A comparison of risk factors for mortality from heart failure in Asian and non-Asian populations: an overview of individual participant data from 32 prospective cohorts from the Asia-Pacific Region.
Huxley RR., Barzi F., Woo J., Giles G., Lam TH., Rahimi K., Konety S., Ohkubo T., Jee SH., Fang X., Woodward M., Asia Pacific Cohort Studies Collaboration None.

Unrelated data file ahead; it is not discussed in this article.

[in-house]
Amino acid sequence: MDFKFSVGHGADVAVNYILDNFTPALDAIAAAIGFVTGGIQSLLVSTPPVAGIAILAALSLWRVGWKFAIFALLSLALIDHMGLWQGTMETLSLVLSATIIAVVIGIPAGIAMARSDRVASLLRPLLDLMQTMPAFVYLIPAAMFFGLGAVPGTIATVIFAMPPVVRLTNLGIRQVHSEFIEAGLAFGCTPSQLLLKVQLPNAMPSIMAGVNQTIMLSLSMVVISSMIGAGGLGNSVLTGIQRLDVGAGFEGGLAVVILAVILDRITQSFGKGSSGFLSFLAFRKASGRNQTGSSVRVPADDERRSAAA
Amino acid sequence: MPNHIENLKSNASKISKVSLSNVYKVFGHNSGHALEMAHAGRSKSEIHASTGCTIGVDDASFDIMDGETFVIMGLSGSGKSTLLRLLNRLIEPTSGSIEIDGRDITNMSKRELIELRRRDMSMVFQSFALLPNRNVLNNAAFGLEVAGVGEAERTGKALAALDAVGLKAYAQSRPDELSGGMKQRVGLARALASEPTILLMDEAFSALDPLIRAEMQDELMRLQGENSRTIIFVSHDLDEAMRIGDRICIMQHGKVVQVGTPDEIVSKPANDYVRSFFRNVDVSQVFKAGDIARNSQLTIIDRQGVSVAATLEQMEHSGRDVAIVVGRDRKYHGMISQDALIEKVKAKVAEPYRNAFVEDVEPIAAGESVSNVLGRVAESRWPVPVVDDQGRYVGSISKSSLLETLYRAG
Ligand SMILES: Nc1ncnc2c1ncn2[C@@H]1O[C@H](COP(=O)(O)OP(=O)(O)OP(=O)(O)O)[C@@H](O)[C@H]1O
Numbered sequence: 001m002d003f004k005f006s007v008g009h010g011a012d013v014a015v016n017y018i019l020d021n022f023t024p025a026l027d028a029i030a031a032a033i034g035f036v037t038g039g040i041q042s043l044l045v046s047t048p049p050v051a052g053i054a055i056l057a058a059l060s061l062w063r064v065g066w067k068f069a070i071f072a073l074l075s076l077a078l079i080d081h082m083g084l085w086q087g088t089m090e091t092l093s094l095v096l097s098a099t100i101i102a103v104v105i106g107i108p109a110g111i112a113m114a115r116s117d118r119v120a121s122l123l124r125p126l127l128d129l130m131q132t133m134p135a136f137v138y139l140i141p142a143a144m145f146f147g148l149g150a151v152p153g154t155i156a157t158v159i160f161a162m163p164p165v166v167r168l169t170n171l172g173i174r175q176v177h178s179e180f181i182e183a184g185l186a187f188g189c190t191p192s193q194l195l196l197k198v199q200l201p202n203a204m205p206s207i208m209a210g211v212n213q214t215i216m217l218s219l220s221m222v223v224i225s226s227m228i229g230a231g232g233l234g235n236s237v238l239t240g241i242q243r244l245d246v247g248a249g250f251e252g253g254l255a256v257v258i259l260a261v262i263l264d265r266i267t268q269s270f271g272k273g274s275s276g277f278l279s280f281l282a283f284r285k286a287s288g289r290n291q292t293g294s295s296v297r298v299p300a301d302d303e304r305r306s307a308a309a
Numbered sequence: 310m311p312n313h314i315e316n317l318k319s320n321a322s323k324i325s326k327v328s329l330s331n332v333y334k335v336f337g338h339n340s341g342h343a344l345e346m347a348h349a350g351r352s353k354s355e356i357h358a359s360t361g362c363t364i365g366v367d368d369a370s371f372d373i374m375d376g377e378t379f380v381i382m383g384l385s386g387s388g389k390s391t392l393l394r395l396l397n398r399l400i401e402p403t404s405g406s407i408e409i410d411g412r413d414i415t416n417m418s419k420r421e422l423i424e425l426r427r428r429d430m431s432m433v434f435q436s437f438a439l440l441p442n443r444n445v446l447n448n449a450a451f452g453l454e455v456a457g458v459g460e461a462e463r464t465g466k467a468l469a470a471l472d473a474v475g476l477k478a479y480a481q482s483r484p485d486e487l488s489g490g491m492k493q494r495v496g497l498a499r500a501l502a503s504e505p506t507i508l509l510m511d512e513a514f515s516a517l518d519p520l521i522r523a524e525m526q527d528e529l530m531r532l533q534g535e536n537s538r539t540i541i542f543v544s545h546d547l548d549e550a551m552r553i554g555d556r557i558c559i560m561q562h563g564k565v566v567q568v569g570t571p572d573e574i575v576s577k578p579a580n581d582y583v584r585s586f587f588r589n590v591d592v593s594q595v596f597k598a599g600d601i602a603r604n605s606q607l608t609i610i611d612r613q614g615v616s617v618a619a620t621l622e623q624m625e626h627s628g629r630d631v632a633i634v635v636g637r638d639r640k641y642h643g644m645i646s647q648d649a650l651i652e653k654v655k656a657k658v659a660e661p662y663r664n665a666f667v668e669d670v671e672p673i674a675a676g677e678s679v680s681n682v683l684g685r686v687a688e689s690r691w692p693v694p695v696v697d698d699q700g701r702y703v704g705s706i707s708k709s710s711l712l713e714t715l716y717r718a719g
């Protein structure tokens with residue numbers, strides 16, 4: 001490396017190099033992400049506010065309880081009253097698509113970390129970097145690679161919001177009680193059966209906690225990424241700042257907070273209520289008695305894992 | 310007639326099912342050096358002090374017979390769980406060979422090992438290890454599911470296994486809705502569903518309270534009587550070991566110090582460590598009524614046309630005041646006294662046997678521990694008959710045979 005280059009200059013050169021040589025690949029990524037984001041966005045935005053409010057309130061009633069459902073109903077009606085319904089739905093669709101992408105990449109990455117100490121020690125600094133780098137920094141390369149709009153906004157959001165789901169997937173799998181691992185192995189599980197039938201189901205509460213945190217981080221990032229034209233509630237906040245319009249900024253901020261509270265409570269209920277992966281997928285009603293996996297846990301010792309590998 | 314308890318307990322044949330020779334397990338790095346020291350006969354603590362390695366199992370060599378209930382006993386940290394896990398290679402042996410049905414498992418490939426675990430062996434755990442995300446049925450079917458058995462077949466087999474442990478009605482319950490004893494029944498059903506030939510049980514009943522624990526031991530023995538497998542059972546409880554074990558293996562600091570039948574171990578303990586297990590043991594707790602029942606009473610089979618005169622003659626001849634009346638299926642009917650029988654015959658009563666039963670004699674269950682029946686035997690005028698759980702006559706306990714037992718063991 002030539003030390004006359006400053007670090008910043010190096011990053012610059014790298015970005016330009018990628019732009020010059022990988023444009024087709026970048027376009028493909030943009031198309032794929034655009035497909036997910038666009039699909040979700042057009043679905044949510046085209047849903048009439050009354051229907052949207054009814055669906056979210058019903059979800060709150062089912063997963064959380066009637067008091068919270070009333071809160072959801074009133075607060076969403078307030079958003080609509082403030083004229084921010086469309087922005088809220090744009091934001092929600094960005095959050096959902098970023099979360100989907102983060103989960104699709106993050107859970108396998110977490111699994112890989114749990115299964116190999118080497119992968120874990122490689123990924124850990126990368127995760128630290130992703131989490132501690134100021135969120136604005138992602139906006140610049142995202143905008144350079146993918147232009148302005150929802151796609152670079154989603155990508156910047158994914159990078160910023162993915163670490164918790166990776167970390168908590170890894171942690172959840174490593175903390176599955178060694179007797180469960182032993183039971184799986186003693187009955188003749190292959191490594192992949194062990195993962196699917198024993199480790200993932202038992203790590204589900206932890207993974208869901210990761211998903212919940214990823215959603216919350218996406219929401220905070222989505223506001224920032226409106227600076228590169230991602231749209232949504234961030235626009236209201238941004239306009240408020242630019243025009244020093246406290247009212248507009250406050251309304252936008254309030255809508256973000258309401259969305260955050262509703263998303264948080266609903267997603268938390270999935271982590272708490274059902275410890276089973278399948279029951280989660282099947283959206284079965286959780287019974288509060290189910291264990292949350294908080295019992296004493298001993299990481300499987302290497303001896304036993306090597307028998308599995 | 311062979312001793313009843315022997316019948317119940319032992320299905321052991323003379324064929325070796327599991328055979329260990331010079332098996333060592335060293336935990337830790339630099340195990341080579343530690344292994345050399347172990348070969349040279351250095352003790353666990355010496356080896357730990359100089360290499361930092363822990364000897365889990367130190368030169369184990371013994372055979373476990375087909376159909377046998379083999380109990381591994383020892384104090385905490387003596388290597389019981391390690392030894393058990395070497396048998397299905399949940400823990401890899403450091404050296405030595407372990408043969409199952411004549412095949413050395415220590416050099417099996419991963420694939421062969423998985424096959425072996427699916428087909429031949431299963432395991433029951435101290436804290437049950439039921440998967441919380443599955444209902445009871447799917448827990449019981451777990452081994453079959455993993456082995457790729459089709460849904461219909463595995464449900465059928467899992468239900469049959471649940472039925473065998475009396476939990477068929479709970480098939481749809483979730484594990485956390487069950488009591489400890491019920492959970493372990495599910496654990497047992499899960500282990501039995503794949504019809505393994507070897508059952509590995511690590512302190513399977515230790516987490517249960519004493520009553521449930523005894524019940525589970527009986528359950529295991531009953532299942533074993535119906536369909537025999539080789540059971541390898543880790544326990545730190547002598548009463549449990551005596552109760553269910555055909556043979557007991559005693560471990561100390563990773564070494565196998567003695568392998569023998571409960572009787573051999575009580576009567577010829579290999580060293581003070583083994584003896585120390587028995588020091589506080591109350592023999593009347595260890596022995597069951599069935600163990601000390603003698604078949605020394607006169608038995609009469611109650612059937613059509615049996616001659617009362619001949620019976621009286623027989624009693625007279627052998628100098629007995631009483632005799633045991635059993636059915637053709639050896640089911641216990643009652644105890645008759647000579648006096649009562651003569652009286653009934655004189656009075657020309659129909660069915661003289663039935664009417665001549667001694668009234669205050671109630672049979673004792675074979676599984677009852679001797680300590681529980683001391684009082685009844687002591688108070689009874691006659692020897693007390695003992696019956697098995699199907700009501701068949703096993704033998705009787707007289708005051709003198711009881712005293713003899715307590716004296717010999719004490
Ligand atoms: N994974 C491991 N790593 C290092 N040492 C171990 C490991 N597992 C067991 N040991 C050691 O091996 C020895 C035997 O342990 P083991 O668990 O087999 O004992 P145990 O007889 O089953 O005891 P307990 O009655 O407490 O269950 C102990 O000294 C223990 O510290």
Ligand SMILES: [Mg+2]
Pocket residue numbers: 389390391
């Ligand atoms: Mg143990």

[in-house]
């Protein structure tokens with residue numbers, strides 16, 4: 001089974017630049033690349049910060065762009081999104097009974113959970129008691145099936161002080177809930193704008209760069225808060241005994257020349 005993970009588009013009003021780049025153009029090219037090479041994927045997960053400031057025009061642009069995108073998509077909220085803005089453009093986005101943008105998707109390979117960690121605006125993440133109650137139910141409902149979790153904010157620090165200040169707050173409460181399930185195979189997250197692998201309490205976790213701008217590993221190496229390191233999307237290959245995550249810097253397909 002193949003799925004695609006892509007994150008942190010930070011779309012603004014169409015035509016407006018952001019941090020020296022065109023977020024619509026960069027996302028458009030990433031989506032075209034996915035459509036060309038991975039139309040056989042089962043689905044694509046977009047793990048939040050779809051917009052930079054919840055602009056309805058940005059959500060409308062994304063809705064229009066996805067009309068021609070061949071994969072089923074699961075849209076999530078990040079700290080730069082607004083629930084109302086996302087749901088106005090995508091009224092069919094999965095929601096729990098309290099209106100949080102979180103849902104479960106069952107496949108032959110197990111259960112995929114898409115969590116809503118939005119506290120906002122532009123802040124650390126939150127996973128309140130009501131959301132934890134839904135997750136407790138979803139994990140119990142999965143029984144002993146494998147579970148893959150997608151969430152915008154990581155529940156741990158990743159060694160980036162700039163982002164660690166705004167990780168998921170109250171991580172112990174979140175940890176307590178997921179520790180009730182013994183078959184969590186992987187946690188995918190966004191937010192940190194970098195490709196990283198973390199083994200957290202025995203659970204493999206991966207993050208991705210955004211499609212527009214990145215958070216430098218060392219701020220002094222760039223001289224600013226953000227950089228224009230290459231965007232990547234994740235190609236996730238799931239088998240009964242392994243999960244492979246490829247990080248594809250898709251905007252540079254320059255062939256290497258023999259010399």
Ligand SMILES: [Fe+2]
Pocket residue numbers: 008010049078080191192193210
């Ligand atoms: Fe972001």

BACKGROUND: Most of what is known regarding the epidemiology of mortality from heart failure (HF) comes from studies within Western populations with few data available from the Asia-Pacific region where the burden of heart failure is increasing. METHODS: Individual level data from 543694 (85% Asian; 36% female) participants from 32 cohorts in the Asia Pacific Cohort Studies Collaboration were included in the analysis. Adjusted hazard ratios (HR) and 95% confidence intervals (CI) for mortality from HF were estimated separately for Asians and non-Asians for a quintet of cardiovascular risk factors: systolic blood pressure, diabetes, body mass index, cigarette smoking and total cholesterol. All analyses were stratified by sex and study. RESULTS: During 3,793,229 person years of follow-up there were 614 HF deaths (80% Asian). The positive associations between elevated blood pressure, obesity, and cigarette smoking were consistent for Asians and non-Asians. There was evidence to indicate that diabetes was a weaker risk factor for death from HF for Asians compared with non-Asians: HR 1.26 (95% CI: 0.74-2.13) versus 3.04 (95% CI 1.76-5.25) respectively; p for interaction = 0.022. Additional adjustment for covariates did not materially change the overall associations. There was no good evidence to indicate that total cholesterol was a risk factor for HF mortality in either population. CONCLUSIONS: Most traditional cardiovascular risk factors including elevated blood pressure, obesity and cigarette smoking appear to operate similarly to increase the risk of death from HF in Asians and non-Asians populations alike.